Consumer Insights
May 18, 2017

Going Beyond Behavioral Metrics to Become a Loyalty Company

The biggest challenge for retailers today is adapting to the empowered and entitled customer – one that has access to limitless amounts of product information and pricing data across multiple channels. Modern consumers expect brand experiences to be seamless across all buying channels. Adding to this litany of challenges, it is easier than ever to quickly switch brands. The bar has been raised on expectations when it comes to the customer experience, including loyalty programs. Many retailers are still using loyalty programs mired in the past and heavily dependent on discounts that eat away at margins and often annoy customers with an endless barrage of email imploring them to buy more.

As part of Forrester and Bizrate Insights’ 2017 Digital Thought Leadership Series, we have partnered on new research to understand how today’s consumers are using loyalty programs, and what they expect from these in the future. The Rewards Loyalty Pulse Survey (March 2017) reports that nearly three quarters (72%) of US online adults have signed up for a loyalty program, and they belong to an average of nine programs each. For retailers, these are their best customers – spending more and often acting as advocates/influencers to others.

These programs are used frequently by members to purchase, redeem or otherwise benefit from most, if not all, of the programs to which they belong. Consumers use the programs because they believe they save them money, and as a result feel these programs influence their purchase decisions. In fact, the vast the majority of those who belong to these programs look for coupons, special discounts and points towards future purchases. In summary, consumers have a behavior-based, transactional relationship with the retailer through loyalty programs. This is not surprising because this is how most marketers design loyalty programs – to drive repeat buying behavior – but, is this really driving deep loyalty between the customer and the brand? Probably not, as these programs are not creating emotional connections that engender real long term loyalty.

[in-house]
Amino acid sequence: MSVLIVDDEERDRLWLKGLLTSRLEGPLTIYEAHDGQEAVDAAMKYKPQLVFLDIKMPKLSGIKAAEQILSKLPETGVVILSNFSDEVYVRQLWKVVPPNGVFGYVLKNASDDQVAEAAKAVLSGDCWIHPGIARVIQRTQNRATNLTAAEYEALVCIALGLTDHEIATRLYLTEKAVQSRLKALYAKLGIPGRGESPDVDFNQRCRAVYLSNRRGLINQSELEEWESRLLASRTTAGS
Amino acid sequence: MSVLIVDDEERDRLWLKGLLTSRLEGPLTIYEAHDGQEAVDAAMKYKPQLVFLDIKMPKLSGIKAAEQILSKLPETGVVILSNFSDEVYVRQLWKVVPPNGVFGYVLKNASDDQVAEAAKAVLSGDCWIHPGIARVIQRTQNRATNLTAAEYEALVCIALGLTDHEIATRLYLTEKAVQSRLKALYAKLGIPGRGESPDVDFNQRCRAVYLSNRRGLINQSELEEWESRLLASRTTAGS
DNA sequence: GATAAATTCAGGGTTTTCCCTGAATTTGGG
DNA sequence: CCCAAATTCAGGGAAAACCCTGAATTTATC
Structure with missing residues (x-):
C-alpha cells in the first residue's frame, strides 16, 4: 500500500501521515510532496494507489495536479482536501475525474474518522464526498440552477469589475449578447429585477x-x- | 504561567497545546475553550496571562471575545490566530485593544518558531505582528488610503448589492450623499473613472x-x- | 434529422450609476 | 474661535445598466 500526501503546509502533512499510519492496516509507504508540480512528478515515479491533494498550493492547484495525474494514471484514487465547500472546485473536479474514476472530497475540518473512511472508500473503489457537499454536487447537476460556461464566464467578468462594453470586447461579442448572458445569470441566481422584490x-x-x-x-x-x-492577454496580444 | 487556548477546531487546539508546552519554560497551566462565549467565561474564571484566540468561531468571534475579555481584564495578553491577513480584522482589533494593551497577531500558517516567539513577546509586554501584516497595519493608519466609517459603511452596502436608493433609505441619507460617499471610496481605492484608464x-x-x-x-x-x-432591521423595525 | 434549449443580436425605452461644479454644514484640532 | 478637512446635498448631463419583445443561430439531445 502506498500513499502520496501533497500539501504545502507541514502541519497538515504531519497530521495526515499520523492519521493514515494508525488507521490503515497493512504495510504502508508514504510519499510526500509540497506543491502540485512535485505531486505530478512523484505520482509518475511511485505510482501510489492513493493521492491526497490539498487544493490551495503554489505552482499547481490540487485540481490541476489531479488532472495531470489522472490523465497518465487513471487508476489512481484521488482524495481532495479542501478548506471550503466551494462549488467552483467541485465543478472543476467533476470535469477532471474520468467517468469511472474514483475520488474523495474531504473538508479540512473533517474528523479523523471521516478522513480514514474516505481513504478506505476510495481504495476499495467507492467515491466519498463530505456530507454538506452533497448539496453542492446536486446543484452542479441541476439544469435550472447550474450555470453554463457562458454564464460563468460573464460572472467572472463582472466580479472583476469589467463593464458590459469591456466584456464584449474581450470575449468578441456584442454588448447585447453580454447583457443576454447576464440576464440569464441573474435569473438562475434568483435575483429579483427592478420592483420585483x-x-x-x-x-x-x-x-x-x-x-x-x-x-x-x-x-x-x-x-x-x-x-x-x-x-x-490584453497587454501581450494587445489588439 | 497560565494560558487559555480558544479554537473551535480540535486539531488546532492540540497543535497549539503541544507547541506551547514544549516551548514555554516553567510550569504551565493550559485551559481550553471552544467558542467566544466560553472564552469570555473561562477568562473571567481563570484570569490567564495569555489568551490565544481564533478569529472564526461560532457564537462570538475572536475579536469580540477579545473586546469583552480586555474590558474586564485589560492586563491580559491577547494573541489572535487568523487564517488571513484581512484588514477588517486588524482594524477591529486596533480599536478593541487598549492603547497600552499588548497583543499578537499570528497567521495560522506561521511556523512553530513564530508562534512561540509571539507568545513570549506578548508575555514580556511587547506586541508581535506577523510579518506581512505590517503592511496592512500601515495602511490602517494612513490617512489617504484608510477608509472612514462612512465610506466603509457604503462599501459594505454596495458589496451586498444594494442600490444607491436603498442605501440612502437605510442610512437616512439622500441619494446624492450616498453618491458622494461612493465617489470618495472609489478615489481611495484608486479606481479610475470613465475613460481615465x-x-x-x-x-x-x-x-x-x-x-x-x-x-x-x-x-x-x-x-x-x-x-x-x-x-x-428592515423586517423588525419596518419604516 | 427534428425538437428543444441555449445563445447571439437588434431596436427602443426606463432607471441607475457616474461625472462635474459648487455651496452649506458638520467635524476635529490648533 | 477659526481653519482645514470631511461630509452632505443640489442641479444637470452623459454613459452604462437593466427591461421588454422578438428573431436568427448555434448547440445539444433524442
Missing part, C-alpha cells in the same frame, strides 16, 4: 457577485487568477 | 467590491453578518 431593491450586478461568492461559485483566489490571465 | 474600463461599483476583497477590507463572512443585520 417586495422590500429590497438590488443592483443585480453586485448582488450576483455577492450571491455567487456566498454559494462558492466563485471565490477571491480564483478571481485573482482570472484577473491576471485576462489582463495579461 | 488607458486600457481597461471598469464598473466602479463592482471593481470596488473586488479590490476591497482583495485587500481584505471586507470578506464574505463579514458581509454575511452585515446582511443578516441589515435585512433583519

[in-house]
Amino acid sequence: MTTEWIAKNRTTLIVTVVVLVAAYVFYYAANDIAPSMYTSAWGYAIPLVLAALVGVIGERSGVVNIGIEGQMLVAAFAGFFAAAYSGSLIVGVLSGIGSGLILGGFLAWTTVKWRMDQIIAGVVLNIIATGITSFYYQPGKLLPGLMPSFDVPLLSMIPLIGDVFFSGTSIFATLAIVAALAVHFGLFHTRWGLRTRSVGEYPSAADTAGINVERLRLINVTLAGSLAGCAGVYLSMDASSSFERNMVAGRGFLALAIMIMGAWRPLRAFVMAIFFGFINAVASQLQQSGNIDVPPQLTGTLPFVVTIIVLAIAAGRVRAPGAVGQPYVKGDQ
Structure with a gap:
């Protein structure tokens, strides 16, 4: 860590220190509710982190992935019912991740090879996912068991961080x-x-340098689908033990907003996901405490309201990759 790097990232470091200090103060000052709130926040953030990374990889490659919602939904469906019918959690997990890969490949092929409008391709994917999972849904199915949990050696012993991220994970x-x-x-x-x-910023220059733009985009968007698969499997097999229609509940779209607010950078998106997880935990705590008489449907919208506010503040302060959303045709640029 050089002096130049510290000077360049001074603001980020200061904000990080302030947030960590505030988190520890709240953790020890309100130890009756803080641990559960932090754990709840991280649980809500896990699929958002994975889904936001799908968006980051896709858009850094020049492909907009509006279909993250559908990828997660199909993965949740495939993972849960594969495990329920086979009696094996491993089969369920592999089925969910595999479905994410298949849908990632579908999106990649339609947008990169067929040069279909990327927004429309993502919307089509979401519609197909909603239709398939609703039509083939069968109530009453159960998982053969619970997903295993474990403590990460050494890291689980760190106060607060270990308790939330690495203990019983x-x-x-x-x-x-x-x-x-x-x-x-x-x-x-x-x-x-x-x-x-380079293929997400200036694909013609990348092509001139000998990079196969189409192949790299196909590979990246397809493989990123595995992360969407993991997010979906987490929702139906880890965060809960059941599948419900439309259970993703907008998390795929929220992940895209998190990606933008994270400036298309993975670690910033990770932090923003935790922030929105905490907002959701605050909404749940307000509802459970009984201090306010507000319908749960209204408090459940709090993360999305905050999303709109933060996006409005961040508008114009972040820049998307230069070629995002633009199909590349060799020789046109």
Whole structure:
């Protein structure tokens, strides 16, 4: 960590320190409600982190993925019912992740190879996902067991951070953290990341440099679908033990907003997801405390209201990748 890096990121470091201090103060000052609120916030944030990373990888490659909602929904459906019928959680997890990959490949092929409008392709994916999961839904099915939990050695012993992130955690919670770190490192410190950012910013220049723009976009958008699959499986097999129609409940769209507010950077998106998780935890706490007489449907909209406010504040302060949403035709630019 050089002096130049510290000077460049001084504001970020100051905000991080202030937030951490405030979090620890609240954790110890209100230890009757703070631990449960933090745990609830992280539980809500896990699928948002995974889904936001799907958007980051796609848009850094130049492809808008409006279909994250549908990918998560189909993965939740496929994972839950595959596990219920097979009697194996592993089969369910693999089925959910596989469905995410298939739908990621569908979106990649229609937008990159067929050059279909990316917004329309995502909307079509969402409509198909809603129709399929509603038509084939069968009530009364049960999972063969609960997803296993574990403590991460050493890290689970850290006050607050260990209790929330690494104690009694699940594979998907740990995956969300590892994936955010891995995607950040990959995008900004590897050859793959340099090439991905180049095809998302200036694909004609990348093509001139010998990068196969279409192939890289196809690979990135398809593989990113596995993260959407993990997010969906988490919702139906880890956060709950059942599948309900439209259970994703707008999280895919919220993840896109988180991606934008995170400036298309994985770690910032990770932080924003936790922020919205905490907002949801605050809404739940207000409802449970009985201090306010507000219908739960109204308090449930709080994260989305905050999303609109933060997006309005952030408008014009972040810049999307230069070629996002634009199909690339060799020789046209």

When asked why they signed up for loyalty programs, consumers revealed the desire for personalized experiences and to be rewarded for being loyal. In the White Paper: 2017 Loyalty Trends and Best Practices, Forrester describes the way that retailers are transforming their mindset and culture to become a loyalty company rather than a company with a loyalty program. In fact, 67% of marketers told Forrester they are increasing their budget to improve the customer experience and their loyalty initiatives.

Marketers understand that they need to think more holistically about loyalty and strengthen both the rational and emotional bonds with customers. To get there, retailers must solve several internal issues such as the ability to derive more actionable insights from their mountain of customer data and to better align their communications strategy and cadence with customer desires. Research indicates customers don’t want a weekly generic email, but rather they want these emails less frequently and more personalized based on context and relevance to their needs.

The whitepaper and accompanying webinar goes on to describe several best practices retailers can undertake to transform their loyalty program to be one that delivers deeper engagement. These include: special treatment, better measurement, understanding the consumer journey/mobile shopping moments, exclusive offers, experiential benefits and surprise and delight. All of these tactics can deliver a superior customer experience that leads to real loyalty-based relationship vs. a margin eroding program based on discounts and coupons.

To learn how to improve your loyalty program, download the white paper here: http://bit.ly/2o3ZhCX

To watch a webinar based on the exclusive research results go here: http://bit.ly/2pojggp